Falafel or felafel (, ; Arabic: فلافل, [faˈlaːfɪl] ( listen), dialectal: [fæˈlæːfel]) is a deep-fried ball, doughnut or patty made from ground chickpeas, fava beans, or both. Falafel is a traditional Middle Eastern food that originated in Egypt. It is commonly served in a pita, which acts as a pocket, or wrapped in a flatbread known as taboon; "falafel" also frequently refers to a wrapped sandwich that is prepared in this way. The falafel balls are topped with salads, pickled vegetables, hot sauce, and drizzled with tahini-based sauces. Falafel balls may also be eaten alone as a snack or served as part of a meze (assortment of appetizers).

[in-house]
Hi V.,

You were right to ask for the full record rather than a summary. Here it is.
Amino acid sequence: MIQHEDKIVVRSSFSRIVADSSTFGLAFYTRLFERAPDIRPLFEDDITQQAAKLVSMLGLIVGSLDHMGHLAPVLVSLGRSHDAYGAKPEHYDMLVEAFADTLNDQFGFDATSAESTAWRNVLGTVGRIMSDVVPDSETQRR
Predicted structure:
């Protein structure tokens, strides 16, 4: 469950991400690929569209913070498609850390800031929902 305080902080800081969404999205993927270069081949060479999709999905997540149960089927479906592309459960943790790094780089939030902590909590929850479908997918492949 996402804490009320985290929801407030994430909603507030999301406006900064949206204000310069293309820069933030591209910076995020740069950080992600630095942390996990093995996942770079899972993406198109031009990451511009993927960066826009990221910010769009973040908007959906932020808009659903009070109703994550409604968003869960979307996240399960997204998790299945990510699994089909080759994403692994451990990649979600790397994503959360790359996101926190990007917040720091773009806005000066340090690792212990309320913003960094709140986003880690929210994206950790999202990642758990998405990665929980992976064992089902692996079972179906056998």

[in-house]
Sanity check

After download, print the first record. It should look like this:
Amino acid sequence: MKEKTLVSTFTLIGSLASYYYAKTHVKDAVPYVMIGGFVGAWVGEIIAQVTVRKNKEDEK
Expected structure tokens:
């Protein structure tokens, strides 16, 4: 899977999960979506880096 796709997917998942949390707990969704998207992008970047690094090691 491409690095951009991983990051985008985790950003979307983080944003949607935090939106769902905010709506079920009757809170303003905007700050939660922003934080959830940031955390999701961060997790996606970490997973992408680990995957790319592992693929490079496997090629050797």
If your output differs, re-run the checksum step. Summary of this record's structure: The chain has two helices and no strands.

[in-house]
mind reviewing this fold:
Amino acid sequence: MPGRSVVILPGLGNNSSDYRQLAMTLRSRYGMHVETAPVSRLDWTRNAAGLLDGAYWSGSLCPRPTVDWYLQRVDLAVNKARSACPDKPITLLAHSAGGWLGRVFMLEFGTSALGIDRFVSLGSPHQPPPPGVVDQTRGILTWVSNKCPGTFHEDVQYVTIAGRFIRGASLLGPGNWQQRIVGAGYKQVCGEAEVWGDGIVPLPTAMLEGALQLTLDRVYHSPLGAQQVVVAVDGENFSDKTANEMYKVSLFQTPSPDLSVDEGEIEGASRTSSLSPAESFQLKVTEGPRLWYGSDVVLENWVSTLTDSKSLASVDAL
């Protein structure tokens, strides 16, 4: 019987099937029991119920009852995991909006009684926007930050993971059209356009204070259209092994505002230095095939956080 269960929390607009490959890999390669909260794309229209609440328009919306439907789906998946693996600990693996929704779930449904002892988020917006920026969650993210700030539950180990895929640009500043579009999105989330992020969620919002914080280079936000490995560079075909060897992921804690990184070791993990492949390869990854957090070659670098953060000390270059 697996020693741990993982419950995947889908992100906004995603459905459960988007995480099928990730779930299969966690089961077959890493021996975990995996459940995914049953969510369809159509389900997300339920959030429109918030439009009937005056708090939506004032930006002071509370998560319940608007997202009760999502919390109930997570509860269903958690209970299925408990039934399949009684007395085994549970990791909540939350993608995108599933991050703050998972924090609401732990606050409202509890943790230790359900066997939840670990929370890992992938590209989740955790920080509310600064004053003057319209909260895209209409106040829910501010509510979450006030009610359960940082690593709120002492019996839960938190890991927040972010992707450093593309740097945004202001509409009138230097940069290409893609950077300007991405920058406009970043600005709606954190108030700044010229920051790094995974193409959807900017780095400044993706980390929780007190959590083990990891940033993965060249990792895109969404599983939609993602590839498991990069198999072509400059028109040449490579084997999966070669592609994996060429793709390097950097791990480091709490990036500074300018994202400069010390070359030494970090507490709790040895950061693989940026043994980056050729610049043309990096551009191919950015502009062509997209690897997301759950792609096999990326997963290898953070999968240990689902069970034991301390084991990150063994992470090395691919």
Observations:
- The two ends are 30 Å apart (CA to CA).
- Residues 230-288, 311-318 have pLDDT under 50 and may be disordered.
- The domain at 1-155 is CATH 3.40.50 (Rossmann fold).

Falafel is a common food eaten in the Middle East. The fritters are now found around the world as a replacement for meat and a form of street food.